There is no right or wrong way to behave when grieving: anger, bitterness, guilt, joy, tears, laughter and then some. I’m learning that through this life it’s important to identify my feelings and if I allow myself to feel all of these emotions, even the good ones, I can Grant myself healing and find joy once again. Grant, what a perfect name for him. Every meaning of the name describes him, especially the word gift.
I was gifted an amazing, fun, and loving son, maybe not for as long on earth as I would have wished for, but he made my life full. As each day presents itself to me I’m learning to recognize the completeness of the life I had with him instead of drowning in the emptiness of his physical presence.
Telling humorous stories about Grant helps me cope. It makes me think of happy times with him. If even for a moment I can remove myself from the present and reminisce back to my happy place it gives me the gift of laughter and a reminder that even through the sad times he and his memory are still with me.
We all approach humor and laughter differently. I think it returns in its own time… some days more than others but surrounding myself with the right people has been a part of true healing.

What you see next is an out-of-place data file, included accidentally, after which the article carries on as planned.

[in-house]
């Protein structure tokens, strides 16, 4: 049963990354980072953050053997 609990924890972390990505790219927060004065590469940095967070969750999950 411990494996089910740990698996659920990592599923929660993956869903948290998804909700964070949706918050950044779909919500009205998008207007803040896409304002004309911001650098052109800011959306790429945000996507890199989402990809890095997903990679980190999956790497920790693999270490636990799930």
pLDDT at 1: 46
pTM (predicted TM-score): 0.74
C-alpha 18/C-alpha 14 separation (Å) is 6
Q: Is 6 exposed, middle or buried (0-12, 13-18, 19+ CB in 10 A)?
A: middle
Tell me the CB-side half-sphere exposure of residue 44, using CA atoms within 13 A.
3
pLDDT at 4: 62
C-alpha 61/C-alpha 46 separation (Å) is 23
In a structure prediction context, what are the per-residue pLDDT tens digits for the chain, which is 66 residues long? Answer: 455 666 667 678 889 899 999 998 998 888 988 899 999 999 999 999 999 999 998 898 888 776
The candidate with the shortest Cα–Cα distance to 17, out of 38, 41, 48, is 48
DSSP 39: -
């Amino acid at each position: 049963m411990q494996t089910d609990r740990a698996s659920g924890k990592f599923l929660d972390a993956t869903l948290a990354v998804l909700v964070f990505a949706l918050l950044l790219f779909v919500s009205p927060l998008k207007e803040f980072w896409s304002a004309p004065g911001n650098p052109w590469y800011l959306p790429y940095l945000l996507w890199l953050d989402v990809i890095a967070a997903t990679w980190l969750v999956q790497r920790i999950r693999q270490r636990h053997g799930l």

For the first two years or so after losing Grant I felt guilty for existing much less laughing or feeling joy. I envied it, I wished to feel happy again. There was a pit so deep inside that I always knew I wanted to feel whole again and to desire some bit of joy to cradle my sadness…
I’m learning to understand the healing benefits of laughter. I really don’t think I appreciated laughter in my past the way I do now. Do I still find myself in a puddle of tears four years after my son’s death? Of course… any given day, at any moment. Am I different? Yes, but my family, my friends, my co-works knew me better than I knew myself. They knew my humor, my positive look at life and even though they knew I was drowning in sadness and deep heartache they continued to breathe the fresh air of laughter in me. They are the people who helped me recognize I have room for laughter in the face of my tears.
These past few weeks I’ve thought a lot about finding joy in the midst of sadness, I started thinking about how Grant would make me laugh. If I ever seemed down he would make a fool of himself just to turn my frown upside down. He would give that big pouty look with his bottom lip as he tilted his head to the side. When I reminisce about these times I can smile again. I can remind myself he would want me to laugh again. How can I not when he lives through these beautiful smiles below…
I LOVE YOU Grantie,